Earlier today the Archdiocese of Philadelphia placed 21 of the 37 priests named in the recent Philadelphia Grand Jury Report and accused of sexually abusing children, on administrative leave. See Archdiocese of Philadelphia press release. In addition, eight others were removed from the list for various reasons.
While we are relieved that 21 of these dangerous predators will no longer have access to children in the parishes they have been serving, we are very concerned that because 8 priests remain on the list and are left in the active ministry, children will continue to be endangered.
We understand the Archdiocese reported that “the initial independent examination of these cases (the remaining 8) found no further investigation is warranted”, however, we would point out that the Grand Jury report emphasized in its recent report that, “the Archdiocese fails to acknowledge the seriousness of victims’
complaints when it allows accused priests to remain in active ministry.”
Given the Grand Jury’s concern, how can we trust that the other eight priests still in active ministry are safe around children—especially when the Grand Jury Report found that the Archdiocese Review Board found allegations “unsubstantiated” even when there was convincing evidence that the allegations were true? Clearly, the right thing to do is report all 38 of the reported and accused molesting priests to law enforcement immediately, and remove them from active ministry.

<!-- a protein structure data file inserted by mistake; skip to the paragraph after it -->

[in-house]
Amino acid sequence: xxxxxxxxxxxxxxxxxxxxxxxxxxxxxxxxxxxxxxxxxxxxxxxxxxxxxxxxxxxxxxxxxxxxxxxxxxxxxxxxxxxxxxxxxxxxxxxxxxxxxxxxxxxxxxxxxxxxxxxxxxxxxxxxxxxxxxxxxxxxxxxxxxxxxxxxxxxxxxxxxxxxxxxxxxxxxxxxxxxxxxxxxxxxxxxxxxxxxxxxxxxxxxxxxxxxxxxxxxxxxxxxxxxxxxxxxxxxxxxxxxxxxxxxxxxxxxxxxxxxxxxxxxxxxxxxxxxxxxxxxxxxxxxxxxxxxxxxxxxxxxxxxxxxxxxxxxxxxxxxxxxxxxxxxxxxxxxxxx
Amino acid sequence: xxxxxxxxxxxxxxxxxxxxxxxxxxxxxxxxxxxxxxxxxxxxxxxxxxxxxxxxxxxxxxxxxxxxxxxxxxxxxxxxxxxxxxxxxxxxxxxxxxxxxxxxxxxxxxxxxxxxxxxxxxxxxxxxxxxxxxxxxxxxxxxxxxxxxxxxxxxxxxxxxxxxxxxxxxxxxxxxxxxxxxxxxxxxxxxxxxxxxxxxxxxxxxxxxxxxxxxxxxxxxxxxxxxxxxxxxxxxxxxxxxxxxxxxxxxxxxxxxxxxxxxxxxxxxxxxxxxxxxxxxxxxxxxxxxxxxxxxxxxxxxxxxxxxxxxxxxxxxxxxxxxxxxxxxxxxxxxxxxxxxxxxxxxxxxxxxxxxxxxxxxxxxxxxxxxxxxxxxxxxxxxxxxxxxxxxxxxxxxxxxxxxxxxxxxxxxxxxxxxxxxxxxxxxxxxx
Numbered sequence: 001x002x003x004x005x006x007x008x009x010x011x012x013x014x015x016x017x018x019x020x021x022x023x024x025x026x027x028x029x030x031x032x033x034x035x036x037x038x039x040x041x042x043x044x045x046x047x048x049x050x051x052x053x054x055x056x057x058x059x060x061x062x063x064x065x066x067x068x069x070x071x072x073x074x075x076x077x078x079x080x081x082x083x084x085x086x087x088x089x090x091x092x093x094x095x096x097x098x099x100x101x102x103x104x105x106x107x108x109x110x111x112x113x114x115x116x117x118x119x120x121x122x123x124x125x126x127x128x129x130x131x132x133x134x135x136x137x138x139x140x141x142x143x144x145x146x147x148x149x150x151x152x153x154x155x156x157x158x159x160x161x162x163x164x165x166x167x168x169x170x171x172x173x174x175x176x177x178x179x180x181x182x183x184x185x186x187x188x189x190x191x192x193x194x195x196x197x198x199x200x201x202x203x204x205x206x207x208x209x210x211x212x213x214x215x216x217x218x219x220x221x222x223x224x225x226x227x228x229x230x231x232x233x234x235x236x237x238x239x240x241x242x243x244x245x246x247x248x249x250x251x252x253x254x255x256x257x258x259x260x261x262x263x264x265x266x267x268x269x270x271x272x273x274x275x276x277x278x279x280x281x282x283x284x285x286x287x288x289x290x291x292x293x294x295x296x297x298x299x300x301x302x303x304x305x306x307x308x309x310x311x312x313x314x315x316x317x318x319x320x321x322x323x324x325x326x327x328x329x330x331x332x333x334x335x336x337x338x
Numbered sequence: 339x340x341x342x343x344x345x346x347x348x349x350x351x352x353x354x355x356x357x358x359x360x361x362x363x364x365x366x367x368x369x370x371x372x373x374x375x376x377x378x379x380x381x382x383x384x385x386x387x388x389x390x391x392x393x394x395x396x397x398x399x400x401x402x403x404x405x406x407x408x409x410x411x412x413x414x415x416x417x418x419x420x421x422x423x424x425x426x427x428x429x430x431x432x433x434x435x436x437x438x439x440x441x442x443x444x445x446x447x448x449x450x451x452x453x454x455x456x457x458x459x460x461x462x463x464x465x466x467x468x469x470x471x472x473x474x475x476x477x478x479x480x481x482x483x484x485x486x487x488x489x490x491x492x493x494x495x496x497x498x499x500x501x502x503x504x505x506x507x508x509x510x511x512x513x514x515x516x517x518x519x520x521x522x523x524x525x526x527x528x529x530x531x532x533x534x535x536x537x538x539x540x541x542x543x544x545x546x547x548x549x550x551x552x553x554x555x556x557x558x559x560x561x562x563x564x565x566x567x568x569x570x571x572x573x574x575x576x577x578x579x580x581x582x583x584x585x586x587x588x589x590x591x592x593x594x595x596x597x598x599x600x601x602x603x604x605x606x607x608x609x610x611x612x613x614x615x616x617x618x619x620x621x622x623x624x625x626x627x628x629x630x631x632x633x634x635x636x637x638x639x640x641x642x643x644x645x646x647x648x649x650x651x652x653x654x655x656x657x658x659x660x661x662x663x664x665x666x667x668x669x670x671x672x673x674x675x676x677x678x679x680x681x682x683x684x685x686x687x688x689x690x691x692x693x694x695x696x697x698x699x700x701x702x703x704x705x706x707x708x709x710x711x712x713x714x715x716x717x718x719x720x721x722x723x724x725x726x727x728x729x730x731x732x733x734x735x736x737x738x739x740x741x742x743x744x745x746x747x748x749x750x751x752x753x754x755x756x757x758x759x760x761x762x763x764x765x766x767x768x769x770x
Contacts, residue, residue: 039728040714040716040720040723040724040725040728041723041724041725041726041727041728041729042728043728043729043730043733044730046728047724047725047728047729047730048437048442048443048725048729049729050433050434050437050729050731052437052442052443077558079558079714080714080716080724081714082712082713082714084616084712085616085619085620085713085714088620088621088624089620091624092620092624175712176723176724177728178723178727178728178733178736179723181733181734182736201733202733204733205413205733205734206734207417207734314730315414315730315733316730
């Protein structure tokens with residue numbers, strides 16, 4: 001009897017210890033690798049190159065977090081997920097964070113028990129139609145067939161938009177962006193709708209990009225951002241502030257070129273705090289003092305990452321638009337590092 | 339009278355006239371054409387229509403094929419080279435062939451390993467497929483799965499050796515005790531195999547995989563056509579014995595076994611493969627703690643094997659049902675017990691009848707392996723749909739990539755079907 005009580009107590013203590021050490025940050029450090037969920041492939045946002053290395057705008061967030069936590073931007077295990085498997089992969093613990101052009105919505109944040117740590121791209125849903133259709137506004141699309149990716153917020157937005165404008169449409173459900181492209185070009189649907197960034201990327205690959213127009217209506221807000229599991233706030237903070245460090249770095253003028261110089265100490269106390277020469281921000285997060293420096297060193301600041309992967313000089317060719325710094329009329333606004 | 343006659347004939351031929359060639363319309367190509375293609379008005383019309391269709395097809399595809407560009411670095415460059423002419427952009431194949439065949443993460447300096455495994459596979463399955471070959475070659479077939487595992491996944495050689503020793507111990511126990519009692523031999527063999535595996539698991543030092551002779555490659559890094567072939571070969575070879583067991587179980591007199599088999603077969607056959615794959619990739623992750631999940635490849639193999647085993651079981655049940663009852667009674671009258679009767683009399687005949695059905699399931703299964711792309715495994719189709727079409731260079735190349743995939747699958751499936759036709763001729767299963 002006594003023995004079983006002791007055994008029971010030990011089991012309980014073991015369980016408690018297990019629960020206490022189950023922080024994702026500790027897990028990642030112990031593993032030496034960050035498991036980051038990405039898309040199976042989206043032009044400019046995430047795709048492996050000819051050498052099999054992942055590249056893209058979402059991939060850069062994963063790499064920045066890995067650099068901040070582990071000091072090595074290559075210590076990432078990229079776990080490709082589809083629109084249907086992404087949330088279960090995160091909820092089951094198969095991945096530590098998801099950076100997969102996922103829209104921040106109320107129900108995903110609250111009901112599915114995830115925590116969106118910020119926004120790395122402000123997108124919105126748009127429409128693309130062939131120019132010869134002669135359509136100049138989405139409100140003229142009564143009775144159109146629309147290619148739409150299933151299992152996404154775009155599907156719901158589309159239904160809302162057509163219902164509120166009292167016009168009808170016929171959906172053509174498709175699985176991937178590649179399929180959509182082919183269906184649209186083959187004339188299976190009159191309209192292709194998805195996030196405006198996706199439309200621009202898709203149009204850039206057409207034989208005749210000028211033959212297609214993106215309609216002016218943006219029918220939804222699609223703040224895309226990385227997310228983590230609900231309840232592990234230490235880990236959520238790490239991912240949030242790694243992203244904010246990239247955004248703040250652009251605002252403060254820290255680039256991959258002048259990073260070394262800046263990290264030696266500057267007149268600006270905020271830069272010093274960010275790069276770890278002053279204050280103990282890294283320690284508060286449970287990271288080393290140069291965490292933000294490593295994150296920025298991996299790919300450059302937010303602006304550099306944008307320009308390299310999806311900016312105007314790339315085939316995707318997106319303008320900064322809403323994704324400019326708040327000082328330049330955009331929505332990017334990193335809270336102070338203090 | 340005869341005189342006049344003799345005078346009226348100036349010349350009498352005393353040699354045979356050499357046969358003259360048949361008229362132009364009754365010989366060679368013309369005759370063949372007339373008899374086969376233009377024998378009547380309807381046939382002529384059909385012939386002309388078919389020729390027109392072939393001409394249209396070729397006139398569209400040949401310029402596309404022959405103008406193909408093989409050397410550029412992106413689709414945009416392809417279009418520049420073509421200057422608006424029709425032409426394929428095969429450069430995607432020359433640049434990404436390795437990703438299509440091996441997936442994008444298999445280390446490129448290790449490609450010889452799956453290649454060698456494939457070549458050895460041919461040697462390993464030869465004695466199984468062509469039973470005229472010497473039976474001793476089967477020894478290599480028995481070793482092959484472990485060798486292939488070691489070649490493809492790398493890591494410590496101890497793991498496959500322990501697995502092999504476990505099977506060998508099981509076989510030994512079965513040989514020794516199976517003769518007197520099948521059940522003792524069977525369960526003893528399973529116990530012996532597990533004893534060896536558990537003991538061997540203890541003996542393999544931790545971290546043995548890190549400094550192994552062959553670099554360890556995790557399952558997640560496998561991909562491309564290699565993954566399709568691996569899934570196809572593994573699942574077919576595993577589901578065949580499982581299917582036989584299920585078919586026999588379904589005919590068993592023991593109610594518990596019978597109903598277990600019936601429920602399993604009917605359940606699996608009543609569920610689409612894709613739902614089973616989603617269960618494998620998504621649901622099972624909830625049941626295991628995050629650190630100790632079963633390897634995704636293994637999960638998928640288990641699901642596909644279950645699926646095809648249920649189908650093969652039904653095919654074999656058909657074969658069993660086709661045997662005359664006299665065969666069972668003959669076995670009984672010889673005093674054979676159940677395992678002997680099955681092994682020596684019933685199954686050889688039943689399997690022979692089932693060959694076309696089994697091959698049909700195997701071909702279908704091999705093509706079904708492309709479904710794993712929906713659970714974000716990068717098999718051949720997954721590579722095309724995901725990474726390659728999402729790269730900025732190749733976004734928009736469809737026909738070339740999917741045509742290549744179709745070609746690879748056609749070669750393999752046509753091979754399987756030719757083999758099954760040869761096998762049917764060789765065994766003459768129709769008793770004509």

In addition, it is a major concern that the Archdiocese has not released the names of the 21 priests. The Archdiocese not only has a civic and moral responsibility to make these 21 names public, but to also make an extensive effort to reach out to any victims of these 21 priests. Indeed, there are likely many victims who could be suffering in silence and shame, and for them, and the safety of other children, making these names public is critically important.
Finally, one must ask why it has taken so long for the Archdiocese to take this action to place these predator priests on administrative leave. And, why didn’t the Archdiocese either take action immediately when the priest was first credibly accused and report to law enforcement, or at a minimum take immediate action upon the release of the Grand Jury Report this January?
Incredibly, it seems very much like their concern was more for the priests and their own reputations, than the children and families of their congregations.